MVSC is a Quad City area ambulatory surgery center that offers surgical procedures on an outpatient basis, which means patients recover at home. “The MVSC, and its practice partners in the Mississippi Valley Health Network (mvhnetwork.com/), are trained to employ minimally invasive procedures that mean smaller incisions and faster healing, all while ensuring quality of care.

“We also believe in delivering quality health-care value. Patients do not incur significant hospitalization costs because the Mississippi Valley Surgery Center is an outpatient facility. Patients recover at home, healing quickly and return to life as soon as possible,” adds Patterson.

As surgical techniques have improved in recent years, more procedures are being performed at Ambulatory Surgery Centers (ASC). And procedures performed at an ASC cost significantly less than the same procedures performed in a hospital setting, according to a November 2006 US GAO Congressional Committee’s report on Medicare. www.cms.hhs.gov/apps/media/press/release.asp?Counter=1948.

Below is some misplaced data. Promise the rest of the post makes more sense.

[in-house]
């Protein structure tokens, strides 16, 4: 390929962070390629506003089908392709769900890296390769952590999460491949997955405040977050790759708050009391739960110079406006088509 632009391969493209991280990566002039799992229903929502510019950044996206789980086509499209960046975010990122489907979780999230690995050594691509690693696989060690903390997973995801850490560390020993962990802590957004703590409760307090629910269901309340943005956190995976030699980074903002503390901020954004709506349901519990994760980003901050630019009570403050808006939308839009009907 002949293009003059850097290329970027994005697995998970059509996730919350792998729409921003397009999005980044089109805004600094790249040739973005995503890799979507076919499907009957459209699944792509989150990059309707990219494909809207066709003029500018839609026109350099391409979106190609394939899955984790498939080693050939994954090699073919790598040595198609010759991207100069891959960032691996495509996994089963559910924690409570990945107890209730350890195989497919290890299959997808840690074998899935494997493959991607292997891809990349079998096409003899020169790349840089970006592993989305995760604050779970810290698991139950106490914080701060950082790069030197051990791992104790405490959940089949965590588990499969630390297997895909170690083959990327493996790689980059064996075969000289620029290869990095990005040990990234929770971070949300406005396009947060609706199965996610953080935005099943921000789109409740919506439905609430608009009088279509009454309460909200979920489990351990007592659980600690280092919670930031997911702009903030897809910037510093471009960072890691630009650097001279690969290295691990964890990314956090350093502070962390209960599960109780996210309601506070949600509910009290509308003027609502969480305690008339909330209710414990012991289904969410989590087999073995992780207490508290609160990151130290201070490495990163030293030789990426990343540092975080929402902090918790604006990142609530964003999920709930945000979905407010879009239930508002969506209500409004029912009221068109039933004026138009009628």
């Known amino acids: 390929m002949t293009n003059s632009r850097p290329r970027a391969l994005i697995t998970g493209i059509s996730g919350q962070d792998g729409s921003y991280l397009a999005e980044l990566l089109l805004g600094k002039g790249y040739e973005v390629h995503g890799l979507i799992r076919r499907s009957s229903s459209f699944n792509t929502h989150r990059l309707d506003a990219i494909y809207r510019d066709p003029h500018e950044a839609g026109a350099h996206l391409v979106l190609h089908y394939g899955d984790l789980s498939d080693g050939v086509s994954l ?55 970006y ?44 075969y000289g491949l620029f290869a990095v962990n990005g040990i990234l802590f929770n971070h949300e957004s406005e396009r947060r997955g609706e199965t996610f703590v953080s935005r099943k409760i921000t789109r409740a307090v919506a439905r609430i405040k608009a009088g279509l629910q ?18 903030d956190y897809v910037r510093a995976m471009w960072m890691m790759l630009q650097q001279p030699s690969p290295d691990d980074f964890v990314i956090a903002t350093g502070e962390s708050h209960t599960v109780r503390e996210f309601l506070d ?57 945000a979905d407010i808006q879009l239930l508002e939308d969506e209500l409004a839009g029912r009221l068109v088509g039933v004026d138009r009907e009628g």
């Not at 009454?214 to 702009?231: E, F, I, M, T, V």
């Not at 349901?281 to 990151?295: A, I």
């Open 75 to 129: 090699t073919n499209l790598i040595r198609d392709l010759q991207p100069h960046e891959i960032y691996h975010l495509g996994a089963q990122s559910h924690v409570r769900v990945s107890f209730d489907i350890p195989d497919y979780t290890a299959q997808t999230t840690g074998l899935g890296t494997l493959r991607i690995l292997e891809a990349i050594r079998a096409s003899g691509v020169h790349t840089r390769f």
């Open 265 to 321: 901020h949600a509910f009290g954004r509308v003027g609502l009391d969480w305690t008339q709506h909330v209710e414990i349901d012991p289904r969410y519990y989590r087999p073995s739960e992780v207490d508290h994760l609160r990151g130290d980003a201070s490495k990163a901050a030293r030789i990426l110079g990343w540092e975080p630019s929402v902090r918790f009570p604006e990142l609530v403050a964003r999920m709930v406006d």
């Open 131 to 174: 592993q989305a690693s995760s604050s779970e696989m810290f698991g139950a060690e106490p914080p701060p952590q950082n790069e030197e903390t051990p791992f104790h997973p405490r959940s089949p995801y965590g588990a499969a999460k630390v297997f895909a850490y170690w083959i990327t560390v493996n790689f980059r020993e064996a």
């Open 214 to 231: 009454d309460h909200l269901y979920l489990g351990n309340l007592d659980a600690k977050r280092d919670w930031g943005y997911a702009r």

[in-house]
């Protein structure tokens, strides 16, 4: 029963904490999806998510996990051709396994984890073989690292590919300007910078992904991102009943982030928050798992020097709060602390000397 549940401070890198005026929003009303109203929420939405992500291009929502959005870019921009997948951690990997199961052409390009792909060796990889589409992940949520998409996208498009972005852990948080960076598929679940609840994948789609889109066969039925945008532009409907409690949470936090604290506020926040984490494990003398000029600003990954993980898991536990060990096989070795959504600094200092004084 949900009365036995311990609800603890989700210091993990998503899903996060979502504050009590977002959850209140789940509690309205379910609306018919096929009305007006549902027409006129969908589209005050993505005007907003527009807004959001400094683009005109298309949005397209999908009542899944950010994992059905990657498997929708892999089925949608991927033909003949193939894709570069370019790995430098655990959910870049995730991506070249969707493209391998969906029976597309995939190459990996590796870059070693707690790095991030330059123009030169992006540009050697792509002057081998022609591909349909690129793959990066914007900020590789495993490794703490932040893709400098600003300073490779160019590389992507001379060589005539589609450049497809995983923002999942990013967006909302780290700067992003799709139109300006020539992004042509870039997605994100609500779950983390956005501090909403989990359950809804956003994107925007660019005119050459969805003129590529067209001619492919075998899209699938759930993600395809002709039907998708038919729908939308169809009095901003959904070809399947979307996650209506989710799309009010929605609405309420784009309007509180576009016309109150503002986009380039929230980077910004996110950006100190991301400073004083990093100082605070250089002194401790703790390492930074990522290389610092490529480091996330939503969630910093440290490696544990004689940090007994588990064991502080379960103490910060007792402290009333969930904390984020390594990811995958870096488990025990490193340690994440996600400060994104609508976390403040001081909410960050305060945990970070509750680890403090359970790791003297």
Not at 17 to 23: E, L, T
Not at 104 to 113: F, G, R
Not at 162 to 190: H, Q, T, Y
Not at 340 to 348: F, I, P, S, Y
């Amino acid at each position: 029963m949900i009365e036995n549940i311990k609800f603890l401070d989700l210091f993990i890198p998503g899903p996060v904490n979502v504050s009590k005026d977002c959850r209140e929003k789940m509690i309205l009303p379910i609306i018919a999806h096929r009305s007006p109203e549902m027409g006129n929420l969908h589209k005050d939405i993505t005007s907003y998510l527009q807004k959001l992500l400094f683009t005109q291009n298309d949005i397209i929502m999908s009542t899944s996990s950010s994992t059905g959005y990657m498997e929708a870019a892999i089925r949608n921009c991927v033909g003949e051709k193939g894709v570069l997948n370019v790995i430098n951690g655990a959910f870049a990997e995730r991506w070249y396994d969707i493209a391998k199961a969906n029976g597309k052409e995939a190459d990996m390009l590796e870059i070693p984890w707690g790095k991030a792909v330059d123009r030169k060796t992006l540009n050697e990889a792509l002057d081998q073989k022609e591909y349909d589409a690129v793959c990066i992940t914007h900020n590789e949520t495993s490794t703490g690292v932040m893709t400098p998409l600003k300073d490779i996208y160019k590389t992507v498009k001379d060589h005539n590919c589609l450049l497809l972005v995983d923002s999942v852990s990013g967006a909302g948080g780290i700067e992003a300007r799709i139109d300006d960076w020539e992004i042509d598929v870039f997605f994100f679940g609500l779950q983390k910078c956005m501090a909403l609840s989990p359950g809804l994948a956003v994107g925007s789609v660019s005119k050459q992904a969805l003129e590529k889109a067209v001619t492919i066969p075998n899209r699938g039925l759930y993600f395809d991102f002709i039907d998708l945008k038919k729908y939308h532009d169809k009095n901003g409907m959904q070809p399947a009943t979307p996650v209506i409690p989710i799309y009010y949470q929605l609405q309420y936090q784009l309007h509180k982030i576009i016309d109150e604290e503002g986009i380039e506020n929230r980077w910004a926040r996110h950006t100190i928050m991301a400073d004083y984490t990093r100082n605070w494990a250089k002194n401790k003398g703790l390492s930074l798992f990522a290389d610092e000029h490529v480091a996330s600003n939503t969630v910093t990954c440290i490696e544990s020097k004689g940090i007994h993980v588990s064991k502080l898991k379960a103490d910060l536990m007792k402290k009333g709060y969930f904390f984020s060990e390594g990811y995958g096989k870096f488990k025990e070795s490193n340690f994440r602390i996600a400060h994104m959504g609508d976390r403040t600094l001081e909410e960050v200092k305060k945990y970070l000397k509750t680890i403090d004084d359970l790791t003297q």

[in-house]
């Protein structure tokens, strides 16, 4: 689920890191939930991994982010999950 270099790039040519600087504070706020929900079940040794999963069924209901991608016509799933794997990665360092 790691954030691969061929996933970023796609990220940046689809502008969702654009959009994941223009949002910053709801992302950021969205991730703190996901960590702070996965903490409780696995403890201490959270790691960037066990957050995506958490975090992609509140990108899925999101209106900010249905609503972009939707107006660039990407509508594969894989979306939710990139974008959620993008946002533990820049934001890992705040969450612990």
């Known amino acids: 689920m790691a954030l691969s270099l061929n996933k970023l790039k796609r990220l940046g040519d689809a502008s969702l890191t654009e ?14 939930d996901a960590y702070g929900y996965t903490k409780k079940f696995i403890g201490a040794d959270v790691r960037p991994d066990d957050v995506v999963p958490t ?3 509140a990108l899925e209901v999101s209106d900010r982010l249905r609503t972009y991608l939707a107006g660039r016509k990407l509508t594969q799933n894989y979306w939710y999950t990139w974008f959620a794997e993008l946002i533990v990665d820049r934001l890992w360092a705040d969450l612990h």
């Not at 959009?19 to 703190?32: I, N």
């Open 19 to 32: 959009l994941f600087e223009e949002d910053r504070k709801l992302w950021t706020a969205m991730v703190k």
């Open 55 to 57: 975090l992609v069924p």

“That’s good news for working families and also for seniors,” adds Patterson. “If we can minimize costs, patients pay less. For example, seniors often pay less for a procedure performed at the MVSC than at a hospital because we are actually paid 59 percent of the rate paid to hospitals. Since the Medicare consumer is responsible for paying 20 percent coinsurance, the lower the charges, the smaller the bills for seniors who do not have supplementary